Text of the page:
South Side Sox is a place on the internet where baseball fans obsess over their favorite team. We like the internet (after all, it's the thing that binds us all together), and we like poring over the slightest details in a much larger enterprise, it's safe to say a fair number of us will be seeing "Star Trek Into Darkness" this weekend.
"Into Darkness" is the 12th installment in the Star Trek movie franchise, but only the fifth movie to be released during the summer; which means only five Star Trek movies have been released during baseball season.
Throughout the 1980's, the White Sox free TV outlet in Chicago was WFLD Channel 32. The Sox were on 32 from 1982 through 1989. The arrangement started when WFLD was owned by Marshall Field's, and it continued as the station changed hands from Field Communications to Metromedia to Fox.
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During that time, WFLD was also the outlet for reruns of the original Star Trek TV series. White Sox games would frequently preempt Star Trek (and other Channel 32 shows like Son of Svengoolie).
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Here's what the White Sox did on the premiere day of the Star Trek movies.
Star Trek II: The Wrath of Khan. June 4, 1982
Ninth inning heroics from Tom Paciorek were not enough to push the White Sox over the top. The Sox lost to the Texas Rangers 4-3 in Arlington. The Rangers touched LaMarr Hoyt for two runs in the first and two in the fifth. The White Sox had a hard time solving the knuckleballing Charlie Hough...until the bottom of the ninth.
With one out, Tony Bernazard hit a triple to center field. Bernazard scored when Rangers first baseman Dave Hostetler couldn't handle a ground ball from Steve Kemp. Greg Luzinski followed with a pop up to the shortstop. Wimpy's two run homer brought the Sox within one. But Harold Baines' fly ball to right field ended the game.
Star Trek III: The Search for Spock. June 1, 1984
It was a slugfest at Comiskey Park as the White Sox beat the Oakland A's 6-4. Joe Morgan got the A's on the board in the first with a solo shot off of Tom Seaver. Harold Baines responded with a two run shot in the bottom of the first that scored Vance Law. Bruce Bochte hit a two run shot in the second that put the A's up 3-2. The Sox fought back in the bottom of the third, when Vance Law hit a homer that scored Rudy Law (that has to be some kind of baseball first). The A's would get one more in the top of the sixth, when Juan Agosto walked Mike Davis with the bases loaded. With the game tied at 4 in the bottom of the sixth, Greg Walker hit a two run shot, and that turned out to be the winning run(s).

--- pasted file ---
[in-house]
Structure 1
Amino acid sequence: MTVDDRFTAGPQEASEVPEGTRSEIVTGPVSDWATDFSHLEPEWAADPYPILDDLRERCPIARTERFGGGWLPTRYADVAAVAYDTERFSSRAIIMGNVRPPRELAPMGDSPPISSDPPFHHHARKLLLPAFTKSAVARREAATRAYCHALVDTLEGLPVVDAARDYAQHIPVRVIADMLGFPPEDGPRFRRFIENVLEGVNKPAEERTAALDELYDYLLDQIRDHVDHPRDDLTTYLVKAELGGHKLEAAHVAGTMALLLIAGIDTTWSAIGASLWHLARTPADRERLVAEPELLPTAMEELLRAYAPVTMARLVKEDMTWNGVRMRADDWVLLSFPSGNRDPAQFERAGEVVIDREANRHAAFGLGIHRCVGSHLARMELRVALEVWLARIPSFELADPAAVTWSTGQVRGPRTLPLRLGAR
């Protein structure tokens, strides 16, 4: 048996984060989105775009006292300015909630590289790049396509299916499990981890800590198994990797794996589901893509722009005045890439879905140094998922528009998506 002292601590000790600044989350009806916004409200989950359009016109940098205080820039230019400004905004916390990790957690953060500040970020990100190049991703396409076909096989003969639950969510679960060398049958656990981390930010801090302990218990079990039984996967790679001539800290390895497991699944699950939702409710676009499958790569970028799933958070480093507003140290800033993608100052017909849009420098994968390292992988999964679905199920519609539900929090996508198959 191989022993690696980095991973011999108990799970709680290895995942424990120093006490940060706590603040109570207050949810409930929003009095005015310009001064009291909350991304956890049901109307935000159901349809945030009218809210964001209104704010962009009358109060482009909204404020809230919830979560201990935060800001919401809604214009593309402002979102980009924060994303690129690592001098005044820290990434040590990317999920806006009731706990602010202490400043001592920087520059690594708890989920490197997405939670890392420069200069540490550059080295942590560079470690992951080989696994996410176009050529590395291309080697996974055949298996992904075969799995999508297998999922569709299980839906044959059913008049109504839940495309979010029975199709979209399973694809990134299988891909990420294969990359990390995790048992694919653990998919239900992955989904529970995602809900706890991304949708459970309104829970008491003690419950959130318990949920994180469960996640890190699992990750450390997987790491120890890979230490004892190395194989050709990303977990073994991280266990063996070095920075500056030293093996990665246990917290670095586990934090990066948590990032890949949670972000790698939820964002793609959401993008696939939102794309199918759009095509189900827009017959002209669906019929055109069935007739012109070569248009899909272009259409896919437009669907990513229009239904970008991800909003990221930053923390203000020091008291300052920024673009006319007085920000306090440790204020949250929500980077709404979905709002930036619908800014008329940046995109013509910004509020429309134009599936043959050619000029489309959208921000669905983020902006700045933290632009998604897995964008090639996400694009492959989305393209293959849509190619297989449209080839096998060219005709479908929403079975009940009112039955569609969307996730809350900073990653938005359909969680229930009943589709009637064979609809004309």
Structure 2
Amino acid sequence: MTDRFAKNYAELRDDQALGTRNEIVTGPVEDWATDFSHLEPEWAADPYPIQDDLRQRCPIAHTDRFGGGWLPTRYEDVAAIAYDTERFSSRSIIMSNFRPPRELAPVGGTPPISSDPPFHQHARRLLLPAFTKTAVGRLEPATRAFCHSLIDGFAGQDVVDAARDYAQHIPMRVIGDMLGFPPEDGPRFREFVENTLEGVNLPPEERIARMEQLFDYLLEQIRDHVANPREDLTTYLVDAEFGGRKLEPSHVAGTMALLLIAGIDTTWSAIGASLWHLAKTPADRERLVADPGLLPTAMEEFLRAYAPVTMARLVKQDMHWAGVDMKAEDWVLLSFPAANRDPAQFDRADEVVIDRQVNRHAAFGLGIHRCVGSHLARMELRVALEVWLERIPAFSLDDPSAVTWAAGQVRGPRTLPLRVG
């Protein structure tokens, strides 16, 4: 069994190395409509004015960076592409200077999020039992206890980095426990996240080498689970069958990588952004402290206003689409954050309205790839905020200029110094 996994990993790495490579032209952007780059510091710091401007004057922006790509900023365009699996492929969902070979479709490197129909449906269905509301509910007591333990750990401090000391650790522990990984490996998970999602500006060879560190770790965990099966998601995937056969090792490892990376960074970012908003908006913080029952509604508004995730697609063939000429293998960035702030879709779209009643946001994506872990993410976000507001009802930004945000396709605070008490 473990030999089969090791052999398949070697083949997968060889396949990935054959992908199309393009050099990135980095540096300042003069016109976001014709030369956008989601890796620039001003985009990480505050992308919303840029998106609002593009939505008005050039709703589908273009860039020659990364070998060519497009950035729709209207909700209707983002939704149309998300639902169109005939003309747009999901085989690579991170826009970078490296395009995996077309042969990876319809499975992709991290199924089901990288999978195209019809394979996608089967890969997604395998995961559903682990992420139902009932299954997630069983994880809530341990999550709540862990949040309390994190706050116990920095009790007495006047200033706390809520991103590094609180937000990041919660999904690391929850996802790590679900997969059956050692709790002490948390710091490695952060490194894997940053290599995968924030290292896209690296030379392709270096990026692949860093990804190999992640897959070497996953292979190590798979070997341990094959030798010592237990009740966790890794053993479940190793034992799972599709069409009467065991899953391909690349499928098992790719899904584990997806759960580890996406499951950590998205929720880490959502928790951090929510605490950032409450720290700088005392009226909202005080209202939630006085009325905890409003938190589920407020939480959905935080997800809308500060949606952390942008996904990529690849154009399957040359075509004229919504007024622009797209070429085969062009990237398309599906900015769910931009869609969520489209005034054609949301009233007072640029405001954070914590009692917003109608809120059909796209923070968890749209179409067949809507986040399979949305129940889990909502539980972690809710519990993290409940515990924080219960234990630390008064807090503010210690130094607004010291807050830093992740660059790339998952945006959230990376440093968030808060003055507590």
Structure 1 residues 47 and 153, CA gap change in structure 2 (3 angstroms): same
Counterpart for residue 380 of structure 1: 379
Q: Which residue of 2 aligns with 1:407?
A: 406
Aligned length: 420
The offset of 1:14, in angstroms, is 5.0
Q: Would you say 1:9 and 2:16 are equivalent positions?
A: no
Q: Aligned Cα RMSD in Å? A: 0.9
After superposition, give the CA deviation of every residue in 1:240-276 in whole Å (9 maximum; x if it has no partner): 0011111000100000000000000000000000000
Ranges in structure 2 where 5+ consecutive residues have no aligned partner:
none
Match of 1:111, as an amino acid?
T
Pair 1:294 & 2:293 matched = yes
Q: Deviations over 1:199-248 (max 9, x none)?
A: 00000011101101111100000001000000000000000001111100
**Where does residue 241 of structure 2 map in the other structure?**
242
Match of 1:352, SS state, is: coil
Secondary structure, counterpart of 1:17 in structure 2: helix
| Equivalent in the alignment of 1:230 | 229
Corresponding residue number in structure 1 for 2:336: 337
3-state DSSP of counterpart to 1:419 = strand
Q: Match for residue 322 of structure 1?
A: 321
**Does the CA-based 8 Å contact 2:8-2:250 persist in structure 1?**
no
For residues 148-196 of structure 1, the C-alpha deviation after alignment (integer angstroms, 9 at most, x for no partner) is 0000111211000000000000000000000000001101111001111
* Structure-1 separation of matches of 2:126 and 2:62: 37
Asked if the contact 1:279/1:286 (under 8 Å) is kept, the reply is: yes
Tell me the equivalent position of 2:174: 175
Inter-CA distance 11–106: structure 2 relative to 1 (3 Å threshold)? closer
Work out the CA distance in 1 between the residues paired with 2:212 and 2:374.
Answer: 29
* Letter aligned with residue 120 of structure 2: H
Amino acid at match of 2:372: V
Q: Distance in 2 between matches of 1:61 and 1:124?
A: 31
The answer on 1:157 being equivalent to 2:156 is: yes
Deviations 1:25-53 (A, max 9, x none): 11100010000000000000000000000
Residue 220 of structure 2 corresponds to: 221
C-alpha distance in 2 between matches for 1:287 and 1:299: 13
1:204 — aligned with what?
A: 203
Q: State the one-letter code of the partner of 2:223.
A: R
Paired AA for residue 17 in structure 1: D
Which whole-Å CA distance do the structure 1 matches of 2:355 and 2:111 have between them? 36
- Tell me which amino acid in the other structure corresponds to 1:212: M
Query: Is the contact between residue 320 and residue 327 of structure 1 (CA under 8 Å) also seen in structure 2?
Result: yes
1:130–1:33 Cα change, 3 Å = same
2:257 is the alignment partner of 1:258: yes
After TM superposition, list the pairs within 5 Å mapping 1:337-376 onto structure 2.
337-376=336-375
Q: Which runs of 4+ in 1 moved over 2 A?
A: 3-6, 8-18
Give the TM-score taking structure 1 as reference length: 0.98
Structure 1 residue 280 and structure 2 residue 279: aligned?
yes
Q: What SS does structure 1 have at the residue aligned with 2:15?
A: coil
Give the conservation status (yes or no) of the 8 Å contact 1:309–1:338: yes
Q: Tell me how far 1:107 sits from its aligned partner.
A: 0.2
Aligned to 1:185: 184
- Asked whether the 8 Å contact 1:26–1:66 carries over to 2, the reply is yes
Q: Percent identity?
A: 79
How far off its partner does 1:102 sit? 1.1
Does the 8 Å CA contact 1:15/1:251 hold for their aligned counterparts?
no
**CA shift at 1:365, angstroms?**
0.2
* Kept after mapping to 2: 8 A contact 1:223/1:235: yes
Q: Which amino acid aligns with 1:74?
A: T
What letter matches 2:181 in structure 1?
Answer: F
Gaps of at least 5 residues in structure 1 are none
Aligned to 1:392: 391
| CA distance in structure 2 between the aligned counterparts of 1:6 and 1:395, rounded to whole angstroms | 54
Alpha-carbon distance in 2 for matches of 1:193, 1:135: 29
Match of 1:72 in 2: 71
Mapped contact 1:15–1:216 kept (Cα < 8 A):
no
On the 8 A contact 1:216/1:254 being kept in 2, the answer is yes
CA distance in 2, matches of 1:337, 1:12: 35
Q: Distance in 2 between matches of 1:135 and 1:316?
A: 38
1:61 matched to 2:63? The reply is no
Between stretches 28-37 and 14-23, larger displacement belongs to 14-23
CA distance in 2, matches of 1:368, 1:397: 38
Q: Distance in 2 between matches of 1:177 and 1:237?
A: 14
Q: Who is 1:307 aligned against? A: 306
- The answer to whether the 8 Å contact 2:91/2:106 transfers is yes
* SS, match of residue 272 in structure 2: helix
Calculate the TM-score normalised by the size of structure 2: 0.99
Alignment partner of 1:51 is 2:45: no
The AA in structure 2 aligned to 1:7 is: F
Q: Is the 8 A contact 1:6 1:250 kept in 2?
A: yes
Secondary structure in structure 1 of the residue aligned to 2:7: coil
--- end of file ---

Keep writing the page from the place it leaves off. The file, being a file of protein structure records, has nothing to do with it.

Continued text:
Star Trek V: The Final Frontier. June 9, 1989
Both the White Sox and the Star Trek movie franchise were at a low ebb in the summer of 1989. The Final Frontier is considered to be the worst of the franchise, and 1989 was the worst White Sox season since 1976. But that night, the White Sox put the screws to the Minnesota Twins, winning 8-3 at the Metrodome. The Sox scored three runs in the first- with two outs. Harold Baines started with a solo homer. Ron Kittle walked, which was then followed by singles from Ivan Calderon, Carlton Fisk, and Dan Pasqua. A Carlos Martinez single with the bases loaded in the top of the third made it 5-0 White Sox, which was more than enough for the ageless Jerry Reuss to get the victory.
Star Trek. May 7, 2009
Mark Buehrle almost had two no-hitters in 2009. The White Sox beat the Detroit Tigers 6-0, thanks to a dominant pitching performance from Buehrle, who took a no-hitter into the seventh. The White Sox jumped on Armando Galarraga early. A Jermaine Dye single scored Chris Getz. A Paul Konerko double scored Dye and Jim Thome, and an A.J. Pierzynski homer cleared the bases. The Sox were up 5-0 and never looked back.
Only three Star Trek TV series premiered during baseball season. The original Trek hit the air on Sept. 8, 1966. But that was an off day for the White Sox. Star Trek: The Next Generation premiered in Chicago on Sept. 30, 1987 (Sox beat the Angels 5-2 at Comiskey). Star Trek: Enterprise premiered on Sept. 26, 2001 (Sox beat the Twins 6-3 at New Comiskey).
So the next time you watch Star Trek II, your viewing experience will be enhanced by the fact that Tom Paciorek almost got the job done.